Laurel Road: Can a High Salary Affect Public Service Loan Forgiveness (PSLF)?

Laurel Road: Student loan debt in the United States totals over 1.7 trillion dollars, with almost 44 million borrowers holding federal loans. Public Service Loan Forgiveness (PSLF) is a federal student loan forgiveness program that offers borrowers the opportunity to have their remaining federal student loan balance forgiven after making 120 qualifying monthly payments over the course of 10 years. PSLF requires individuals to be enrolled in an income-driven repayment plan (IDR). IDR programs utilize information such as annual income, which can help stabilize monthly payments, which can be especially important at the outset of careers. But what happens when an enrollee's salary rises? Salary can play an important role in some of the elements of PSLF—including how much borrowers can save.

PSLF requirements

Qualifying for and applying to the PSLF program involves several important steps. Borrowers must: 

  • be employed full-time by a US federal, state, local, or tribal government or qualifying not-for-profit organization 
  • have Direct Loans (or consolidate other federal student loans into a Direct Consolidation Loan)
  • enroll in an income-driven repayment (IDR) plan
  • make 120 qualifying payments over 10 years
  • submit a complete PSLF application along with the required paperwork

After completing all PSLF requirements, a candidate's remaining Direct Loan balance can be completely forgiven.

Income-driven Repayment Plans 

Borrowers seeking PSLF are required to enroll in an Income-driven Repayment plan. Federal student loan borrowers who are having difficulty with their monthly payments could benefit from IDR as these plans calculate monthly payment amounts based on income and family size - rather than the amount of the loan - which can help make student loan debt more manageable. 

There are four IDR plans available: 

  • Income-Based Repayment Plan (IBR)
  • Pay As You Earn Repayment Plan (PAYE)
  • Revised Pay As You Earn Repayment Plan (REPAYE)
  • Income-Contingent Repayment Plan (ICR)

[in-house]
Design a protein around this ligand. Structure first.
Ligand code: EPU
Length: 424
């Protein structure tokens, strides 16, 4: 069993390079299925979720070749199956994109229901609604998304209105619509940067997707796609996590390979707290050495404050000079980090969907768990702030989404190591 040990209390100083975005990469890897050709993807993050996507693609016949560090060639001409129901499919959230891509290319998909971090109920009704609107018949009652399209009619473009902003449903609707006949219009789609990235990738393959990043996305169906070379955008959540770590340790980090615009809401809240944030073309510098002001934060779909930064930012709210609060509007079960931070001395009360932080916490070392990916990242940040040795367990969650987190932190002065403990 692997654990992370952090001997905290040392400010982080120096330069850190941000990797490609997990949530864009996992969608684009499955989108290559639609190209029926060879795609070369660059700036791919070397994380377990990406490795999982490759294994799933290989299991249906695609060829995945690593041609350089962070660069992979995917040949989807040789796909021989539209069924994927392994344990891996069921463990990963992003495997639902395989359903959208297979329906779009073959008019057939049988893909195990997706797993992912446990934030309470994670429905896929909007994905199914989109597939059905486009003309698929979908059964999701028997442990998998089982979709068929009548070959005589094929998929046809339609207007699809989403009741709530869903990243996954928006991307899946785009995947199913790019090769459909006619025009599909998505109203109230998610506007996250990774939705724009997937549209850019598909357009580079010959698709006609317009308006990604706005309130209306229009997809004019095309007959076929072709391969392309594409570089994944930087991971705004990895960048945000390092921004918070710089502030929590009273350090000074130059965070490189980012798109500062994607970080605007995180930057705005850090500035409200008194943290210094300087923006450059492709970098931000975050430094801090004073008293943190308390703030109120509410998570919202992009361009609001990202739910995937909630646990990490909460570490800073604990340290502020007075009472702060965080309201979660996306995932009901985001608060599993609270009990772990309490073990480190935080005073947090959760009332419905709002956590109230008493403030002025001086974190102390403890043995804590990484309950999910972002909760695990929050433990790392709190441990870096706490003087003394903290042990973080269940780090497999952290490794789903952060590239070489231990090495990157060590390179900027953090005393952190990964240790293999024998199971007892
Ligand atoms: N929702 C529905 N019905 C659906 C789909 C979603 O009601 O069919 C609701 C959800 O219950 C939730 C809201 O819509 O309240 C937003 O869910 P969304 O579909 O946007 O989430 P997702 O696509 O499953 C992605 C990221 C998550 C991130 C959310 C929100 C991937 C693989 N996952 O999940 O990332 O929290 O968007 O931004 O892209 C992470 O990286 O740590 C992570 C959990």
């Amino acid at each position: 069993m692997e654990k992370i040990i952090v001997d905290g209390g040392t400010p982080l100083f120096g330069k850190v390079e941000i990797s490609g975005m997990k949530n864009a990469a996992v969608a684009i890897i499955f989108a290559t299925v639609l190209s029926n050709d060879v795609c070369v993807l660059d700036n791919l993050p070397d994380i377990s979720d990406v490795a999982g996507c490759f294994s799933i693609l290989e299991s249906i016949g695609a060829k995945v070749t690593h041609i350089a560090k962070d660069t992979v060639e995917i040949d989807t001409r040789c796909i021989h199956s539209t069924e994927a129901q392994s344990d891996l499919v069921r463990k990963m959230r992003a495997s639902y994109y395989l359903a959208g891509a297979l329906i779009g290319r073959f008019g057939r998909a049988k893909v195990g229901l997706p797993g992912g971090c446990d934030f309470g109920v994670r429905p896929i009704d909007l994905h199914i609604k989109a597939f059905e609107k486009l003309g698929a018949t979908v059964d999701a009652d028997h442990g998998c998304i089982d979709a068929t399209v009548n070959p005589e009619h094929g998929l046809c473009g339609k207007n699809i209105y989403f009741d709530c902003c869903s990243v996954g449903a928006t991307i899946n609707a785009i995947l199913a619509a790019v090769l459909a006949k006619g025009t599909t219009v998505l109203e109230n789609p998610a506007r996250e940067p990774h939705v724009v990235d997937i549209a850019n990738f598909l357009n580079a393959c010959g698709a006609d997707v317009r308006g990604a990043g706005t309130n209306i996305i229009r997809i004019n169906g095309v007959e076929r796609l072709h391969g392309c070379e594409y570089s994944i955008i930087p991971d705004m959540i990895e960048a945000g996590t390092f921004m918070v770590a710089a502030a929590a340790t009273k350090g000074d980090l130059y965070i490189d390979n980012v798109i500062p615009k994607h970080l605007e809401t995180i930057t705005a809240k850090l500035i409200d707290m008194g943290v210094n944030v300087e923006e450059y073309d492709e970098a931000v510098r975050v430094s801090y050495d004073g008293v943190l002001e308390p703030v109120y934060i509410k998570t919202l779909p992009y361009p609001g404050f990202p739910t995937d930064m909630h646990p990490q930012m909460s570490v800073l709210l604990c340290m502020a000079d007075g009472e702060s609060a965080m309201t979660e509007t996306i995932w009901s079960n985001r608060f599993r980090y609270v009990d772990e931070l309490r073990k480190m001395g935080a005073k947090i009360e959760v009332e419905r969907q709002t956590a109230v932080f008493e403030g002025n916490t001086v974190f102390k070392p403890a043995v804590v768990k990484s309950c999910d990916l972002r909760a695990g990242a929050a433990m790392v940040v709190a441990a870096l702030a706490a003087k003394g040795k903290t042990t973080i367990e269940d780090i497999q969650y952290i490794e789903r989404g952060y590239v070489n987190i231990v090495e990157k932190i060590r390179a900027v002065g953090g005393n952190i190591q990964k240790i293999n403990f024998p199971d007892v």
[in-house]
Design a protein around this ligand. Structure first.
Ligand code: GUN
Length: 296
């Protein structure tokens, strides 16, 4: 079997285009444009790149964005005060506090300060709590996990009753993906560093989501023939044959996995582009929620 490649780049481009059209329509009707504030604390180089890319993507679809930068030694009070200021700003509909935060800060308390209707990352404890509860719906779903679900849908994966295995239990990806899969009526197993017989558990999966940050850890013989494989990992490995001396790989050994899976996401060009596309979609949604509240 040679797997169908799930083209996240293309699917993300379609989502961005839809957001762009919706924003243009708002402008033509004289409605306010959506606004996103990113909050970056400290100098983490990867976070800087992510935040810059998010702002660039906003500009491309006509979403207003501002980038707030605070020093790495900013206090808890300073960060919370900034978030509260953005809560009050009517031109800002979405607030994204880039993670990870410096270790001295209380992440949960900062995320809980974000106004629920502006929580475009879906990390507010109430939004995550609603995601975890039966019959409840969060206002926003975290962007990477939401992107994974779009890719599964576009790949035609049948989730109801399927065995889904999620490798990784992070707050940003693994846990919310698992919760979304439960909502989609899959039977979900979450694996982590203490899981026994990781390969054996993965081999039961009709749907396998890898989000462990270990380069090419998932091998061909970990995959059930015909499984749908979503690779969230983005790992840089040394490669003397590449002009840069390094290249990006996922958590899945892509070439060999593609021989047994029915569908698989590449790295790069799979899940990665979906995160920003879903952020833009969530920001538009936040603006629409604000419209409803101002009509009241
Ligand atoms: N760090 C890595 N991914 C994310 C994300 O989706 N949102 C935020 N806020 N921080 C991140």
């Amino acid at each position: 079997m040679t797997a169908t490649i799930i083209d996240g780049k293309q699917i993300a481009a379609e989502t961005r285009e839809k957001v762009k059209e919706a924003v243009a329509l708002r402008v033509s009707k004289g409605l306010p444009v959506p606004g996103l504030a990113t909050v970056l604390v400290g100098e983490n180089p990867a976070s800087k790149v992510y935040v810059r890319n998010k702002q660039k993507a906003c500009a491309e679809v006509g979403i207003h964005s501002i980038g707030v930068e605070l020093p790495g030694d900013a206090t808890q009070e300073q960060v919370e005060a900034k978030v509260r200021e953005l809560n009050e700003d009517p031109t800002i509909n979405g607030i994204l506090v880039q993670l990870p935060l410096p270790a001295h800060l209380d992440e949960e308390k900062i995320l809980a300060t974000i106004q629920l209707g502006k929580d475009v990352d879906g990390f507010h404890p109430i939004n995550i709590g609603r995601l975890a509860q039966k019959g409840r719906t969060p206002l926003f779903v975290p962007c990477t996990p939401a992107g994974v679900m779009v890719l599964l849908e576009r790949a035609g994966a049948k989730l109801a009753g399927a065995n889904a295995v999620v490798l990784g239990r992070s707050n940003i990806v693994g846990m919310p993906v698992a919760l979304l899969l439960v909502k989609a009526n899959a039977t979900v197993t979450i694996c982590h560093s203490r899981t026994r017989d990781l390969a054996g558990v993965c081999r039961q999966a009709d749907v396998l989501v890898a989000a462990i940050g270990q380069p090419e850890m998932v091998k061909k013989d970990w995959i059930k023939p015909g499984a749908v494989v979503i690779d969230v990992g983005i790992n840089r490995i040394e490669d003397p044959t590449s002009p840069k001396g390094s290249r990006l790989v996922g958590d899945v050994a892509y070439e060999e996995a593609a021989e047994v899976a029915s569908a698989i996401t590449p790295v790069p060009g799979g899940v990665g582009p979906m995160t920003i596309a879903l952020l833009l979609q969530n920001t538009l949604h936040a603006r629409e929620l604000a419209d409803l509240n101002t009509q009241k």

Each plan has its own set of requirements and benefits. Federal student loan recipients must demonstrate financial hardship, such as low income or a high debt-to-income (DTI) ratio, in order to qualify.

Payments are typically made over a period of 20 to 25 years, after which any remaining loan balance may be forgiven. 

High earners, IDR payments, and PSLF

There is no maximum income cap in the IDR or PSLF program. If a borrower begins with an income low enough to qualify for an IDR plan but later earns a higher salary, their monthly payments under the IDR plan could increase. They may still be eligible for potential forgiveness through PSLF if they continue to work full-time for a qualifying employer and make the required 120 qualifying payments. However, a high-earning IDR participant may become ineligible for forgiveness if they pay off their student loan before making all 120 qualifying payments. Some borrowers may elect to switch to an IDR program that can give them the lowest monthly payments possible.

Recertification Rules

IDR participants must recertify their eligibility once per year by providing information about their income and family size - even if nothing has changed. IDR plans use that data to recalculate a participant's monthly payment, determining whether it should rise, fall, or remain unchanged.  

Borrowers also have the option to recertify and recalculate their payment at the time a life change occurs, such as the addition of a family member or the loss of a job. Borrowers who recertify late or fail to recertify may face penalties, increased payments, or even termination of their IDR plan.

Other repayment options

An IDR plan may not be right for everyone. Federal student loan recipients can talk to their loan servicer about other options, such as: 

  • Standard Repayment Plan: fixed monthly payments for 10 years. 
  • Graduated Repayment Plan: begins with lower monthly payments that gradually increase every two years over a 10-year period.
  • Extended Repayment Plan: extends a repayment period up to 25 years, with either fixed or graduated payments.
  • Consolidation: combines multiple federal student loans into a single loan, with a fixed interest rate and a single monthly payment.
  • Deferment or Forbearance: temporarily suspends or reduces student loan payments.

Next steps

With the right qualifications and repayment plan, borrowers interested in PSLF may find the financial relief they need to focus on their personal growth and career development. They should take the time to become familiar with the program's requirements and to comprehend the role that income may play now and in the future. And, of course, they can consult their loan servicer or seek expert guidance to help navigate the process. 

About Laurel Road

Website

Laurel Road began originating student loans in 2013 and has since helped thousands of professionals with undergraduate and postgraduate degrees consolidate and refinance more than $7 billion in federal and private school loans.

Contact Information:
Carolina d'Arbelles-Valle
Senior Public Relations Specialist
carolina.darbellesv@iquanti.com
(201) 633-2125


Original Source: Laurel Road: Can a High Salary Affect Public Service Loan Forgiveness (PSLF)?
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